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Tonsillectomy may cause altered tongue sensation in adult patients

Published online by Cambridge University Press:  30 July 2008

A Smithard
Affiliation:
Department of Otolaryngology, Wexham Park Hospital, Slough, UK
C Cullen
Affiliation:
Department of Otolaryngology, Wexham Park Hospital, Slough, UK
A S Thirlwall
Affiliation:
Department of Otolaryngology, Wexham Park Hospital, Slough, UK
C Aldren
Affiliation:
Department of Otolaryngology, Wexham Park Hospital, Slough, UK
Corresponding
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Abstract

Objectives:

To determine the frequency of altered tongue sensation following tonsillectomy, and its relationship to different surgical techniques.

Design:

Case–control study.

Setting:

District general hospital.

Participants:

One hundred and four consecutive adults undergoing tonsillectomy, and 43 control patients.

Main outcome measures:

Altered tongue sensation.

Results:

Twenty-eight of 100 patients described altered tongue sensation post-tonsillectomy. No patients in the control group experienced altered tongue sensation. There was a difference in rates of altered sensation between tonsillectomy patient groups undergoing bipolar diathermy and ‘cold steel’ techniques (p < 0.019). Three months after surgery, 22/23 contactable patients reported complete recovery of tongue sensation. One patient experienced tongue paraesthesia persisting until one year post-tonsillectomy.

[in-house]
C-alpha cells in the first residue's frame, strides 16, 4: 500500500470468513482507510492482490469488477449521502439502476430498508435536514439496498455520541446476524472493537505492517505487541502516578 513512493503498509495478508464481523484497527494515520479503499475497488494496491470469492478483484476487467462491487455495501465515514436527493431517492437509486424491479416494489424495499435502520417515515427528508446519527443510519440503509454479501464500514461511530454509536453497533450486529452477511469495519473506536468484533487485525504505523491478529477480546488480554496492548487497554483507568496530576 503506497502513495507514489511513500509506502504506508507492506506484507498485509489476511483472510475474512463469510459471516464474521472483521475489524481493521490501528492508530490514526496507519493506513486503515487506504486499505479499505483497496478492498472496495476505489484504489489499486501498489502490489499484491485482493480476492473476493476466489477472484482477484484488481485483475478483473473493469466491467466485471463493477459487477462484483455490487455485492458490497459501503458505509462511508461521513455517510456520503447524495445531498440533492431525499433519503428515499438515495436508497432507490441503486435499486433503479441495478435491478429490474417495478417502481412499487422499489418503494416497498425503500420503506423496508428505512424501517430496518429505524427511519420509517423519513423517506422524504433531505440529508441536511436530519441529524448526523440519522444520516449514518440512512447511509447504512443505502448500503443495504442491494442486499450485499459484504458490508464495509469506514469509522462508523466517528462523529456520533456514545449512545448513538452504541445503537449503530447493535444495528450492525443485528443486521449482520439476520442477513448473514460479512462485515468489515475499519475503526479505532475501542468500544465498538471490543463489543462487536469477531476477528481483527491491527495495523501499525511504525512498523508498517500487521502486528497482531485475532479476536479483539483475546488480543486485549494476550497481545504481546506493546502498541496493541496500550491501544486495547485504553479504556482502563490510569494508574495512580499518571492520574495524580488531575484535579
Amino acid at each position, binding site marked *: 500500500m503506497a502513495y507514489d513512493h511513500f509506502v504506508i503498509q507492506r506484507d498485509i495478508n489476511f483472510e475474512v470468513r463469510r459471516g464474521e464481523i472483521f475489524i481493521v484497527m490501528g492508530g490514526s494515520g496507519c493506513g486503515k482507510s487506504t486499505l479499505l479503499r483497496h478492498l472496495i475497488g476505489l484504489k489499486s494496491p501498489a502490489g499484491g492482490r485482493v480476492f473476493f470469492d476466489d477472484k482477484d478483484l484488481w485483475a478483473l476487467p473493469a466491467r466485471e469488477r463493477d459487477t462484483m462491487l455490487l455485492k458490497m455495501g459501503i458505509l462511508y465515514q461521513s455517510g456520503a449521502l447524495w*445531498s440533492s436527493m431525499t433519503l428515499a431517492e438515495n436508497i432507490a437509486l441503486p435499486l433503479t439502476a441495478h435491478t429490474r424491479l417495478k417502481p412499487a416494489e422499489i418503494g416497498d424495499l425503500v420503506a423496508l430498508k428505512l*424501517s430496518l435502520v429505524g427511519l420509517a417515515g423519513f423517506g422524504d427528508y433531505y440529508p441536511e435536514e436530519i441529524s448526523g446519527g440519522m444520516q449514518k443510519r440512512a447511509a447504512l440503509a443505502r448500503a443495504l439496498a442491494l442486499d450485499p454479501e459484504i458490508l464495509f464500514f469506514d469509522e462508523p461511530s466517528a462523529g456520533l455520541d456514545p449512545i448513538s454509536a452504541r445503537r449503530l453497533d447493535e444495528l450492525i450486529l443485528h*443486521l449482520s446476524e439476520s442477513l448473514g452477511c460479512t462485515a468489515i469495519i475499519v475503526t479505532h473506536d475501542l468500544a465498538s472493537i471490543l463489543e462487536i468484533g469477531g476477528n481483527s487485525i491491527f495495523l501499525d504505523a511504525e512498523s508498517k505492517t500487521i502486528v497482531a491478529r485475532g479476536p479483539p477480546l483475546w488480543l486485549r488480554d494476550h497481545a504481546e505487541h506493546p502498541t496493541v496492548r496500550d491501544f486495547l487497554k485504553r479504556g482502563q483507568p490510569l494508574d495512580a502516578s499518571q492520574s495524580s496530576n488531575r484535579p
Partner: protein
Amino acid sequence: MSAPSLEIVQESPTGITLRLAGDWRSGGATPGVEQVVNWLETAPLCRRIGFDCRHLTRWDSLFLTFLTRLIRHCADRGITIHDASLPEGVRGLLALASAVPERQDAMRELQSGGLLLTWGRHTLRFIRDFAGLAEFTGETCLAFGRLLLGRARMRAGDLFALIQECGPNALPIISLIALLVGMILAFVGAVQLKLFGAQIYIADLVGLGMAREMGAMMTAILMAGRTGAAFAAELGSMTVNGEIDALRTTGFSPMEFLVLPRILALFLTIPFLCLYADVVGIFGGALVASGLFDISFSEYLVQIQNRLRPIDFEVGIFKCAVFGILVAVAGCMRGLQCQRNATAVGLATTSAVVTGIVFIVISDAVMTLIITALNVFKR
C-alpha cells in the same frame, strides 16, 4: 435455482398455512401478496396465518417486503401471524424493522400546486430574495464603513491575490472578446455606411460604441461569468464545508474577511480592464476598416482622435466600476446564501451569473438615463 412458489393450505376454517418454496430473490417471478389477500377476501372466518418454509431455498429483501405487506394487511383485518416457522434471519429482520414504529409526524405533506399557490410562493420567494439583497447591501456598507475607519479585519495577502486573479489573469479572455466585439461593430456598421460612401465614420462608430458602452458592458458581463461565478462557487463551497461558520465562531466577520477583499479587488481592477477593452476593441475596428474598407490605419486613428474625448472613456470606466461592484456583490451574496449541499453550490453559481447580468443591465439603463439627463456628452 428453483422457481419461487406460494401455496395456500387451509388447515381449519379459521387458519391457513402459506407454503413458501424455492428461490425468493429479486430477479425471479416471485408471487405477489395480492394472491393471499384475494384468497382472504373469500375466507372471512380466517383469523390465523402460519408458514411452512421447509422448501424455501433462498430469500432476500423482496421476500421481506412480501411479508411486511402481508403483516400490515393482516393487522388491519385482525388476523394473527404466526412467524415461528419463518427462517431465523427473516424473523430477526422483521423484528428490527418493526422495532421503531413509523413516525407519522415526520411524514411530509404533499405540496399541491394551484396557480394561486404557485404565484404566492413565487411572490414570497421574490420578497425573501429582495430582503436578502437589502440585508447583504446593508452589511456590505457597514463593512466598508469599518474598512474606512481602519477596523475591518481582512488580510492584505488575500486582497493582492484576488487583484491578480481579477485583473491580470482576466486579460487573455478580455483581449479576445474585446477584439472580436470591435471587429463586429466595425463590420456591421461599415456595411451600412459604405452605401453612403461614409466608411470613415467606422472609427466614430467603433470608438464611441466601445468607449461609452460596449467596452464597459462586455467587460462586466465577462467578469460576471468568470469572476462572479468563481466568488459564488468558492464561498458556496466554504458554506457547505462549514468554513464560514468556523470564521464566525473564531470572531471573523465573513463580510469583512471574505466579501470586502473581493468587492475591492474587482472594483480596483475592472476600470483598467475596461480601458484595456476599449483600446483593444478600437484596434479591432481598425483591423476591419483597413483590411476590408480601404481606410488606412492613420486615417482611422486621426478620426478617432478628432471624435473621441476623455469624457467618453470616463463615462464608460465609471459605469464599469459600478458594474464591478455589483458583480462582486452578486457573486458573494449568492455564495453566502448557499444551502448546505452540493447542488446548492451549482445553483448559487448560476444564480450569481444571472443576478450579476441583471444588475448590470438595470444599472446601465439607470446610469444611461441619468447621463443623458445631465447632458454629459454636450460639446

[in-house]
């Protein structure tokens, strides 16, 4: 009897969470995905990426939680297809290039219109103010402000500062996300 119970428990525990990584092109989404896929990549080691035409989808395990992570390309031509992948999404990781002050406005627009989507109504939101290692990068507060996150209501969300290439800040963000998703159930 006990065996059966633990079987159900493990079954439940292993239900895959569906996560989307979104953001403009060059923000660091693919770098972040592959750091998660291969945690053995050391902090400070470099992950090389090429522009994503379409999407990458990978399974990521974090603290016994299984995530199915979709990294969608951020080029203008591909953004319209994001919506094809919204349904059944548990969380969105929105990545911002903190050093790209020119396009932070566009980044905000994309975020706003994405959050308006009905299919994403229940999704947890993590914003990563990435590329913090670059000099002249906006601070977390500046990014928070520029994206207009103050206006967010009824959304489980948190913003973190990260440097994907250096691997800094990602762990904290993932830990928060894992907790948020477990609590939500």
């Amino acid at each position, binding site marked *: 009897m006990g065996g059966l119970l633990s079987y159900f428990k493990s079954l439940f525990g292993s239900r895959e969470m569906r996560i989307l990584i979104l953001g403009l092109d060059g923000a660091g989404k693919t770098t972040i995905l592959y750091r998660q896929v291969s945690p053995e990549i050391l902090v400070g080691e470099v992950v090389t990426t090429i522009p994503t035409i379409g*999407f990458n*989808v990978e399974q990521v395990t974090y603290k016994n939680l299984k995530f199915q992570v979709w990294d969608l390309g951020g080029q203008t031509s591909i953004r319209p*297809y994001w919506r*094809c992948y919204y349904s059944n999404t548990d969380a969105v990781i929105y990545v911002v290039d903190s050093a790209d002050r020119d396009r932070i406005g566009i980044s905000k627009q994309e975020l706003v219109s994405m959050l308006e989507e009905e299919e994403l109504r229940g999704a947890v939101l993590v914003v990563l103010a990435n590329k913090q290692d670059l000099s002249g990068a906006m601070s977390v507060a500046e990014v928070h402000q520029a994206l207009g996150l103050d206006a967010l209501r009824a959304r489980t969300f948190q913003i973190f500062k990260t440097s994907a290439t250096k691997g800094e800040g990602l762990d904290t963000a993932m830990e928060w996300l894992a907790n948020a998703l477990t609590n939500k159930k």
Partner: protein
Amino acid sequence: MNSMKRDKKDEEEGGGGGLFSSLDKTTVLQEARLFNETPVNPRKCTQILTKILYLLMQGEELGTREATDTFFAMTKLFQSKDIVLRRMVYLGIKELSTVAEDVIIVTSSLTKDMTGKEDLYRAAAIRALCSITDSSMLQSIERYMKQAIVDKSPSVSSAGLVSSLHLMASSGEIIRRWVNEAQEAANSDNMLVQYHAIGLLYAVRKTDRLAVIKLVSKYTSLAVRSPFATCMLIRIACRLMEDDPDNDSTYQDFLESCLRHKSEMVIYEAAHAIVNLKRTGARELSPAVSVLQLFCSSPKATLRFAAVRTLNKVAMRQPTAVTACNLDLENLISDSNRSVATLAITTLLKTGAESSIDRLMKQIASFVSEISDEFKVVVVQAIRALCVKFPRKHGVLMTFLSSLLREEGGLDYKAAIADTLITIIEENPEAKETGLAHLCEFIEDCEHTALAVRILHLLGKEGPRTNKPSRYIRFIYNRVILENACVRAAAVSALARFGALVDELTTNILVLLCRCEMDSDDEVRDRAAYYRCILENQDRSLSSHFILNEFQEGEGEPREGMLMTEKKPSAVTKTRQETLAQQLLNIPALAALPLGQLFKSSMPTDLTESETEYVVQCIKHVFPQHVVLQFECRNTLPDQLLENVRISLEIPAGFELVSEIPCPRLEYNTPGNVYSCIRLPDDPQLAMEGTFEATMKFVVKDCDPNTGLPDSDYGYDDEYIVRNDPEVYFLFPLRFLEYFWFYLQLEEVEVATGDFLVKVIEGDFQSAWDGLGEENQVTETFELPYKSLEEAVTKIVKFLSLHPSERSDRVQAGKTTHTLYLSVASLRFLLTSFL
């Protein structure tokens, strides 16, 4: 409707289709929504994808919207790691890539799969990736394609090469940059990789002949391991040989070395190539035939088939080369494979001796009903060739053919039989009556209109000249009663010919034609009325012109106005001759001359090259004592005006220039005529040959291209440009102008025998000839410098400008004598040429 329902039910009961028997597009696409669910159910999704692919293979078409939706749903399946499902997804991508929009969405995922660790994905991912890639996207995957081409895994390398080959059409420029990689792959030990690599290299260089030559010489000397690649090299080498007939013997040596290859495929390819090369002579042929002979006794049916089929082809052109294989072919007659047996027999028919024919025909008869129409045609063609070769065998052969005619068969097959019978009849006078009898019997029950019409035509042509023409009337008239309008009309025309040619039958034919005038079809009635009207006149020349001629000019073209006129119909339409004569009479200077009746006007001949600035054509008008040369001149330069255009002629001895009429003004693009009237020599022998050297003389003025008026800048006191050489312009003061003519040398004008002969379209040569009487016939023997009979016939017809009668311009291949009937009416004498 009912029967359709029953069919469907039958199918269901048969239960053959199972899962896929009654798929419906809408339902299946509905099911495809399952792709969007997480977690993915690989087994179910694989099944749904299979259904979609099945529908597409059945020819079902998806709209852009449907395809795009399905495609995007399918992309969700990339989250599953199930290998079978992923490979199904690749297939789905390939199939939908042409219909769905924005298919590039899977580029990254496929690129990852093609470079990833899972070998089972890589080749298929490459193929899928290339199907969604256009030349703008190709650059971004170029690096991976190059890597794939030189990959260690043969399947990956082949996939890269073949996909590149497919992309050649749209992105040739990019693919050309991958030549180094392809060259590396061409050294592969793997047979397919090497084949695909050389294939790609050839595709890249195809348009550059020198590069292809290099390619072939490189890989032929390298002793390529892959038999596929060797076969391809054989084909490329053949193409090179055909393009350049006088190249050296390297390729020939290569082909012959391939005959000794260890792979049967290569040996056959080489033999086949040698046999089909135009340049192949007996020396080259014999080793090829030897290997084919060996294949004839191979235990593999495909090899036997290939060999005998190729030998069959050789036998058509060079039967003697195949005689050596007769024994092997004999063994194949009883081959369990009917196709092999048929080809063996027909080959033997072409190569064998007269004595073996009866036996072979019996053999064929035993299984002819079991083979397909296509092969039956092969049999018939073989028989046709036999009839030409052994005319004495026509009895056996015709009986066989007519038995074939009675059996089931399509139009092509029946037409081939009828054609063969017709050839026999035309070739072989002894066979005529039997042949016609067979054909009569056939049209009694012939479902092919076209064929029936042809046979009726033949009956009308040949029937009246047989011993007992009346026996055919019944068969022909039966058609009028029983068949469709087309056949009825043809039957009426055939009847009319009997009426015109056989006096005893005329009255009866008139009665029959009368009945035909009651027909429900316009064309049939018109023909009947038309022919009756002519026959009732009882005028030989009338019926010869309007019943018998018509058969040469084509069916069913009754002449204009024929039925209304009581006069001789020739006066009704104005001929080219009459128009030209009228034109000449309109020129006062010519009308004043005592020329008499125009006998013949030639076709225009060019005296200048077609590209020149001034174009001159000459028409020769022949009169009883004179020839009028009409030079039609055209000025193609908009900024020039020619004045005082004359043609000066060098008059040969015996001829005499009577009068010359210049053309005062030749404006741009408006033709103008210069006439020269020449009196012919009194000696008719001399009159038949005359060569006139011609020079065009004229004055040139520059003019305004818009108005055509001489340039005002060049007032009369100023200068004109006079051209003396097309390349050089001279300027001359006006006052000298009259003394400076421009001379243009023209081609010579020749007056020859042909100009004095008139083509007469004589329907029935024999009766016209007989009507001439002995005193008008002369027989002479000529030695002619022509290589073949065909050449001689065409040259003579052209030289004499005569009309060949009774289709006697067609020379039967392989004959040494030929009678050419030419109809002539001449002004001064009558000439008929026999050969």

Conclusion:

Tonsillectomy resulted in altered tongue sensation in 28 per cent of our study group. Bipolar diathermy dissection was significantly more likely to cause altered sensation than cold steel dissection. Ninety-six per cent of these disturbances resolved by three months, all by one year. Possible alteration of tongue sensation should be discussed whilst obtaining consent for tonsillectomy.

Type
Main Articles
Copyright
Copyright © JLO (1984) Limited 2008

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References

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